If the word 'apocalypse' conjures up images of scorched deserts, bow-wielding heroines and Mad Max-style action, get ready to have that preconception rocked by Z For Zachariah. Enjoying considerable buzz here at Sundance 2015, its killer cast (Margot Robbie, Chris Pine and Chiwetel Ejiofor), dreamy aesthetic and subdued undercurrent of menace mark it out as a refreshing spin on end-of-the-world flicks, a galaxy away from the likes of The Hunger Games, Maze Runner and Dawn Of The Planet Of The Apes.
Inspired by Robert C. O'Brien's 1974 novel, Z For Zachariah is set in a post-apocalyptic America, where a mysterious radioactive agent has wiped out much of the population. Believing herself to be the only survivor, Ann (Robbie) lives on a remote farm cradled in the wilderness, a dog her only company. When intense stranger Loomis (Ejiofor) unexpectedly stumbles onto her land, fatally sick with radiation poisoning, she has no choice but to take him in. And as the two grow close, things are complicated further by the arrival of a second stranger – a twinkly-eyed presence, Caleb (Pine) threatens to rupture the farm's delicate equilibrium anew.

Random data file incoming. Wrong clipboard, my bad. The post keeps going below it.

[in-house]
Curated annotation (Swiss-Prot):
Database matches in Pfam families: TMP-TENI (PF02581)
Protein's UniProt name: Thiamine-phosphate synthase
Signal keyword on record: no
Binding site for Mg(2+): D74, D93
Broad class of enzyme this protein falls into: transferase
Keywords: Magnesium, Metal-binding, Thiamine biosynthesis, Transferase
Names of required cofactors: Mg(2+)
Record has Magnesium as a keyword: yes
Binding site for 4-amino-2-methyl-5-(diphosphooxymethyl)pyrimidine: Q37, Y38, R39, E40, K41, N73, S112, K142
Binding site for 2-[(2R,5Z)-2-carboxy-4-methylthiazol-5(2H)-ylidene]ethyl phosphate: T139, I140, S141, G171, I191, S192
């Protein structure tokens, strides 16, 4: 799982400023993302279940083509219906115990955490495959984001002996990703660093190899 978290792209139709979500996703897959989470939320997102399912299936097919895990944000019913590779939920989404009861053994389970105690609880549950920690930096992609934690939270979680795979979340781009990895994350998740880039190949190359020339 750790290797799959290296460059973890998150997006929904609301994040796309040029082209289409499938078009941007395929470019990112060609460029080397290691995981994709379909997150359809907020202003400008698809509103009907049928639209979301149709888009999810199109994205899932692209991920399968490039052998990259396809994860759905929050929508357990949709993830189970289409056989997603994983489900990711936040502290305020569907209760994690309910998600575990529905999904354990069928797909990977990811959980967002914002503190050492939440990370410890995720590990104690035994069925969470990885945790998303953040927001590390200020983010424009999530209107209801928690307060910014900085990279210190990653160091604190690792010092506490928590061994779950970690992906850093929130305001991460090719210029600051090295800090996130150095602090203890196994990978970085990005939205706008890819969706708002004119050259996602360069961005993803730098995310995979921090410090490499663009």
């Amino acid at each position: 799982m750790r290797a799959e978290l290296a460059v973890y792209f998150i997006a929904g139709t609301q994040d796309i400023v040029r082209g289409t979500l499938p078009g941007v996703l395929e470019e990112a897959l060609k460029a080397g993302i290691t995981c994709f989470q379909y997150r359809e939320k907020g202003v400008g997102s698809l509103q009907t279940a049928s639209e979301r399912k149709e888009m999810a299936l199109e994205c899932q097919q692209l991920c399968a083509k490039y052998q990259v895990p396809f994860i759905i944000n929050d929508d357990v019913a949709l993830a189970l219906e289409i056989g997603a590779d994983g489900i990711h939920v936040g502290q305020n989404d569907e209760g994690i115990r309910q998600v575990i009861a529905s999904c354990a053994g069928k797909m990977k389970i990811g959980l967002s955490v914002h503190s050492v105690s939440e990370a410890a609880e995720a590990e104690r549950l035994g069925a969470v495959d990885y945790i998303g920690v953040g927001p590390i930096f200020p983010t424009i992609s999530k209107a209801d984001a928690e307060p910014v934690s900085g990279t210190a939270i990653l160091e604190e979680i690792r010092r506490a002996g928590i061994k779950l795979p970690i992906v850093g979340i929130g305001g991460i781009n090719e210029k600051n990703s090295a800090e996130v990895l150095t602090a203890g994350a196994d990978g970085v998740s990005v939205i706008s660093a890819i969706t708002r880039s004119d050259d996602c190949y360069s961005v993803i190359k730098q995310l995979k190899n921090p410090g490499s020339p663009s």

Those who've read O'Brien's book (it's a classroom favourite in the US) will have noticed that the film takes great liberties with the original, more teen-friendly story. And though purists may find the changes off-putting, director Craig Zobel (Compliance) has concocted something equally riveting. Serving up an incongruous vision of a weirdly lush yet deadly future, his film is a lean, affecting drama where the action is almost exclusively internal – its emotional payloads are elegant, unhurried and ultimately devastating.
Revelling in ambiguities and creeping tension, Z For Zachariah is less concerned with how the apocalypse happened, and more with how it impacts those left behind. How does this trio's predicament inform their decisions? And if there's nobody policing their actions, just what are the limits?
That set-up is powered to triumphant heights by its lead trio. Ejiofor is predictably gripping, and Pine essays surprising depth, but it's Robbie who steals the show. Fresh from her breakout role in Wolf Of Wall Street, she's a revelation as the naïve Ann, confidently striking delicate notes that lend Z For Zachariah a trembling, intoxicating frailty. It may be the end of the world, but this is just the beginning for an actress who's destined for super-stardom.
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